Sobran's -- The Real News of the Month

 Kramer versus Coherence 

March 15, 2005 
“Marriage should not be undermined by the stroke of a pen from a single judge. Read Joe's columns the day he writes them.This ruling ... flies in the face of common sense and millennia of human history ... ”

So said Mathew Staver of a group called Liberty Counsel, in reply to the San Francisco judge, Richard A. Kramer, who ruled the other day that the state’s ban on same-sex “marriage” is unconstitutional.

Not much use arguing about it. Pretty much everything has already been said. This is the way we live now. Judges can decide that a constitution means something it never meant to any of the people who wrote, ratified, and lived under it — something they never even dreamed it might mean.

Of course the judges never admit they’re doing anything to the constitution. They say the constitution is somehow doing it to itself, because it’s “living,” and they have no control over what it wants to mean. They can only sit by helplessly as it emits new meanings, each more liberal than the last. This is where things get suspicious.

The only rule, if you can call it that, is that the new “meaning” must be in accord with current liberal fashions. Promoting homosexuality is the pertinent one here. The fact that Judge Kramer issued his ruling in San Francisco doesn’t exactly fall under the heading of uncanny coincidence. The ruling reflects both a lunatic ideology and concrete local pressures.

Kramer said he could see no purpose in restricting marriage to heterosexuals, and I believe him: he probably couldn’t. But as G.K. Chesterton once said, you don’t get rid of an old institution because you don’t see its purpose; you get rid of it because you do see its purpose, and that purpose is no longer being served. Whether marriage is serving its primordial purpose these days is a good question.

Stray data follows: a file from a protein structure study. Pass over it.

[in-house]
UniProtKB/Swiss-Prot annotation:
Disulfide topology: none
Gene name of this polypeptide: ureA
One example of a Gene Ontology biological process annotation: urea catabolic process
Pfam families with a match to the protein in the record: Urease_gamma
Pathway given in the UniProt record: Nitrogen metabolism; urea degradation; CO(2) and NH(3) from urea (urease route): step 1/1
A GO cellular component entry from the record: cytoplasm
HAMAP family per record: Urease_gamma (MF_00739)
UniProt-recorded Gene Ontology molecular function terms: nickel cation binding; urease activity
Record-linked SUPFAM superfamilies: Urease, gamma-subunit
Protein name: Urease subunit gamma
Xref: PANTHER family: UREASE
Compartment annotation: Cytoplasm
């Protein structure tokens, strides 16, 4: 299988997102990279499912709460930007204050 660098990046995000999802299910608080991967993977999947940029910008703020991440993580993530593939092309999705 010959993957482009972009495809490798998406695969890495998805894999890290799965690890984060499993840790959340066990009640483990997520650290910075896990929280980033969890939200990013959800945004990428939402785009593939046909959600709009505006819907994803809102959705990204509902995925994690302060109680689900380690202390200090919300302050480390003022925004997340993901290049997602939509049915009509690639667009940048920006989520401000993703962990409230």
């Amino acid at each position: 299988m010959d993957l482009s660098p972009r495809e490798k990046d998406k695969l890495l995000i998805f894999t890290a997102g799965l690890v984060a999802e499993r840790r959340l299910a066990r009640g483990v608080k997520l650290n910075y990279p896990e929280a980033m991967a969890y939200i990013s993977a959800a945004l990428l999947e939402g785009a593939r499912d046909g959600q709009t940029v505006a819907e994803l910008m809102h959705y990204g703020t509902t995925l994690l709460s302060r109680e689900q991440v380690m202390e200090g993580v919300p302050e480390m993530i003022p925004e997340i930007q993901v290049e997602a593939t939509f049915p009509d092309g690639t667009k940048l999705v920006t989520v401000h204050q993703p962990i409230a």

The whole reason for marriage is that there are two sexes. Stop me if I’m going too fast for you, your honor. Anyway, these two sexes often result in children. Arrangements for the children have to be made. Chief among these arrangements is marriage.

[Breaker quote: 
Sober as a what?]Now let’s imagine a world in which there was only one sex. Would it even be called a “sex”? What would that mean? Would there be any point in creating an institution like marriage — a permanent two-person partnership? Why two? In such a world, marriage could come into being only if some crazy judge thought it up. But I’m trying to imagine a world in which there were also no liberals.

I’ve read the Declaration of Independence several times, and I’m pretty sure the American Revolution didn’t happen because King George III opposed gay rights. On the other hand, Thomas Jefferson was very liberal by the standards of his time. He opposed executing people for sodomy; he thought castration was enough.

That’s the Enlightenment for you. Look what it has led to. Give ’em an inch, and it’s just a matter of time before you’ve got Judge Kramer. He hears the word equal, and he starts sniffing around for discrimination.

In ancient times, some forms of homosexuality were tolerated, especially between men and boys. Let’s skip the Neverland jokes and get to the point: there were no demands for same-sex marriage. Why not? A no-brainer: the boys seldom got pregnant. (There’s a sentence you don’t hear every day!)

In fact, one of the advantages of pederasty was that you didn’t have to marry the kid! No lies, no flowers, no tears. No need for Clintonesque mumblings about “inappropriate relationships” to get out of a tight spot. And you didn’t have to send out invitations to all your relatives. Same-sex marriage would have ruined everything.

Pederasty never took real institutional form, and during the Christian era it was forced underground for centuries. But it made a big comeback during the Renaissance, and when the Renaissance wasn’t stamped out in time, the Enlightenment resulted, as any fool could have predicted. Judge Kramer was waiting in the wings, as it were.

Meanwhile, as a precaution against arbitrary law, people started writing their constitutions down on paper, in black and white, so there could be no possible mistake about their meaning. Oops! When even the meaning of is can be in doubt, the word marriage is no match for a judge.

Joseph Sobran

Copyright © 2005 by the Griffin Internet Syndicate,
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